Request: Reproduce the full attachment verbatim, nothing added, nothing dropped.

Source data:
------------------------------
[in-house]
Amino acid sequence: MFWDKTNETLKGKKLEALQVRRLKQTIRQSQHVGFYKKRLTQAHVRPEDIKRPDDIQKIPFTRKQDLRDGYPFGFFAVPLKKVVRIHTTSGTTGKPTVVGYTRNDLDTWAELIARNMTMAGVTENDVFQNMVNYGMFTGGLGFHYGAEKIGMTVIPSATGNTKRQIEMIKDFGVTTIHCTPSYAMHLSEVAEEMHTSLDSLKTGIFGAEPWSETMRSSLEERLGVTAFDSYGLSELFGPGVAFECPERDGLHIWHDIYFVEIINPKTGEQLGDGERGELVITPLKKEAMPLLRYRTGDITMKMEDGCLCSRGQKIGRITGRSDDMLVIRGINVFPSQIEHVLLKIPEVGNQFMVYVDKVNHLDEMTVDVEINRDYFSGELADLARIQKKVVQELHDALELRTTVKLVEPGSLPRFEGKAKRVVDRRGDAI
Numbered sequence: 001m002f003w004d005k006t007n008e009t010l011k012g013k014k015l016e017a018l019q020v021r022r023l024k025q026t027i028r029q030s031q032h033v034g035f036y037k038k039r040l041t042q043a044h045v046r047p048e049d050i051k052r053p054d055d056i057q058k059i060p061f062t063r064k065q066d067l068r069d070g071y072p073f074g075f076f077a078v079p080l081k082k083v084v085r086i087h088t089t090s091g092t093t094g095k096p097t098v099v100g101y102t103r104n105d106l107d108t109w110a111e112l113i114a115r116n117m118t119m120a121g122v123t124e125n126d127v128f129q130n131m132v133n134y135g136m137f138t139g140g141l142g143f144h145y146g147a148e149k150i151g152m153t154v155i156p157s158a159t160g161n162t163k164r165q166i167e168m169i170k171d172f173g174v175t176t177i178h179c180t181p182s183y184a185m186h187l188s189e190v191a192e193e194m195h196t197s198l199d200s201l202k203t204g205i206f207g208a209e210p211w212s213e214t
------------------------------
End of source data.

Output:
[in-house]
Amino acid sequence: MFWDKTNETLKGKKLEALQVRRLKQTIRQSQHVGFYKKRLTQAHVRPEDIKRPDDIQKIPFTRKQDLRDGYPFGFFAVPLKKVVRIHTTSGTTGKPTVVGYTRNDLDTWAELIARNMTMAGVTENDVFQNMVNYGMFTGGLGFHYGAEKIGMTVIPSATGNTKRQIEMIKDFGVTTIHCTPSYAMHLSEVAEEMHTSLDSLKTGIFGAEPWSETMRSSLEERLGVTAFDSYGLSELFGPGVAFECPERDGLHIWHDIYFVEIINPKTGEQLGDGERGELVITPLKKEAMPLLRYRTGDITMKMEDGCLCSRGQKIGRITGRSDDMLVIRGINVFPSQIEHVLLKIPEVGNQFMVYVDKVNHLDEMTVDVEINRDYFSGELADLARIQKKVVQELHDALELRTTVKLVEPGSLPRFEGKAKRVVDRRGDAI
Numbered sequence: 001m002f003w004d005k006t007n008e009t010l011k012g013k014k015l016e017a018l019q020v021r022r023l024k025q026t027i028r029q030s031q032h033v034g035f036y037k038k039r040l041t042q043a044h045v046r047p048e049d050i051k052r053p054d055d056i057q058k059i060p061f062t063r064k065q066d067l068r069d070g071y072p073f074g075f076f077a078v079p080l081k082k083v084v085r086i087h088t089t090s091g092t093t094g095k096p097t098v099v100g101y102t103r104n105d106l107d108t109w110a111e112l113i114a115r116n117m118t119m120a121g122v123t124e125n126d127v128f129q130n131m132v133n134y135g136m137f138t139g140g141l142g143f144h145y146g147a148e149k150i151g152m153t154v155i156p157s158a159t160g161n162t163k164r165q166i167e168m169i170k171d172f173g174v175t176t177i178h179c180t181p182s183y184a185m186h187l188s189e190v191a192e193e194m195h196t197s198l199d200s201l202k203t204g205i206f207g208a209e210p211w212s213e214t